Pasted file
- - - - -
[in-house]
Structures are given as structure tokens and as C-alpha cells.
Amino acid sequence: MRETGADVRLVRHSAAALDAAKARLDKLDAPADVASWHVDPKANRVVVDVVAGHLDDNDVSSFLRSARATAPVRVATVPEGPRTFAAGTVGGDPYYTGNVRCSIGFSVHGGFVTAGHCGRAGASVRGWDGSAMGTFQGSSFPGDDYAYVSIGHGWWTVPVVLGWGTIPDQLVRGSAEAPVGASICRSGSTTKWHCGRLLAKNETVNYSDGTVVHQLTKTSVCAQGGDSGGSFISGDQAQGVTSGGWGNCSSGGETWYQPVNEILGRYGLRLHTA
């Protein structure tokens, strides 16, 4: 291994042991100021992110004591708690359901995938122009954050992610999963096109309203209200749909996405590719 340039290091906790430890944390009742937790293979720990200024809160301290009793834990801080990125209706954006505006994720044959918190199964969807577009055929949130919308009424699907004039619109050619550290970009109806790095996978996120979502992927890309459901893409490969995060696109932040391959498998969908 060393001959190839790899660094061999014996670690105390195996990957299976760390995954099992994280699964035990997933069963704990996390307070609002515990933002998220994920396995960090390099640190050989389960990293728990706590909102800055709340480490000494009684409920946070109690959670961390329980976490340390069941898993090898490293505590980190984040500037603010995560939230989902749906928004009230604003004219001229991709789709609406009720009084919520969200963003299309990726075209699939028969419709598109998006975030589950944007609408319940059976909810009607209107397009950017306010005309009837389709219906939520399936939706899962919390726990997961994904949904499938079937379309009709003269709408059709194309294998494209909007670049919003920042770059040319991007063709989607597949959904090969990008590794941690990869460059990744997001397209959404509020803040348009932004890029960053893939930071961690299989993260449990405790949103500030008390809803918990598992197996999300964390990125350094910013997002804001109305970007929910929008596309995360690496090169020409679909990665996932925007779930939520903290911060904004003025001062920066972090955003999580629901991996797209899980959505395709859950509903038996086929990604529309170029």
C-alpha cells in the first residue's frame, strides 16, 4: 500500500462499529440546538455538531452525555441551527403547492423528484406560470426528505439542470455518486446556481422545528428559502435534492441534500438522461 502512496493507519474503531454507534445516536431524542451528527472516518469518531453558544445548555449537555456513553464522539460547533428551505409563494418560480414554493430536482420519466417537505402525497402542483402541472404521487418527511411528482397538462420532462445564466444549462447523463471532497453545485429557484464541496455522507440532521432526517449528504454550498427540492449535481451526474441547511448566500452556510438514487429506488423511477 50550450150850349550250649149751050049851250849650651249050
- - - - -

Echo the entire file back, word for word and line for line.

[in-house]
Structures are given as structure tokens and as C-alpha cells.
Amino acid sequence: MRETGADVRLVRHSAAALDAAKARLDKLDAPADVASWHVDPKANRVVVDVVAGHLDDNDVSSFLRSARATAPVRVATVPEGPRTFAAGTVGGDPYYTGNVRCSIGFSVHGGFVTAGHCGRAGASVRGWDGSAMGTFQGSSFPGDDYAYVSIGHGWWTVPVVLGWGTIPDQLVRGSAEAPVGASICRSGSTTKWHCGRLLAKNETVNYSDGTVVHQLTKTSVCAQGGDSGGSFISGDQAQGVTSGGWGNCSSGGETWYQPVNEILGRYGLRLHTA
């Protein structure tokens, strides 16, 4: 291994042991100021992110004591708690359901995938122009954050992610999963096109309203209200749909996405590719 340039290091906790430890944390009742937790293979720990200024809160301290009793834990801080990125209706954006505006994720044959918190199964969807577009055929949130919308009424699907004039619109050619550290970009109806790095996978996120979502992927890309459901893409490969995060696109932040391959498998969908 060393001959190839790899660094061999014996670690105390195996990957299976760390995954099992994280699964035990997933069963704990996390307070609002515990933002998220994920396995960090390099640190050989389960990293728990706590909102800055709340480490000494009684409920946070109690959670961390329980976490340390069941898993090898490293505590980190984040500037603010995560939230989902749906928004009230604003004219001229991709789709609406009720009084919520969200963003299309990726075209699939028969419709598109998006975030589950944007609408319940059976909810009607209107397009950017306010005309009837389709219906939520399936939706899962919390726990997961994904949904499938079937379309009709003269709408059709194309294998494209909007670049919003920042770059040319991007063709989607597949959904090969990008590794941690990869460059990744997001397209959404509020803040348009932004890029960053893939930071961690299989993260449990405790949103500030008390809803918990598992197996999300964390990125350094910013997002804001109305970007929910929008596309995360690496090169020409679909990665996932925007779930939520903290911060904004003025001062920066972090955003999580629901991996797209899980959505395709859950509903038996086929990604529309170029």
C-alpha cells in the first residue's frame, strides 16, 4: 500500500462499529440546538455538531452525555441551527403547492423528484406560470426528505439542470455518486446556481422545528428559502435534492441534500438522461 502512496493507519474503531454507534445516536431524542451528527472516518469518531453558544445548555449537555456513553464522539460547533428551505409563494418560480414554493430536482420519466417537505402525497402542483402541472404521487418527511411528482397538462420532462445564466444549462447523463471532497453545485429557484464541496455522507440532521432526517449528504454550498427540492449535481451526474441547511448566500452556510438514487429506488423511477 50550450150850349550250649149751050049851250849650651249050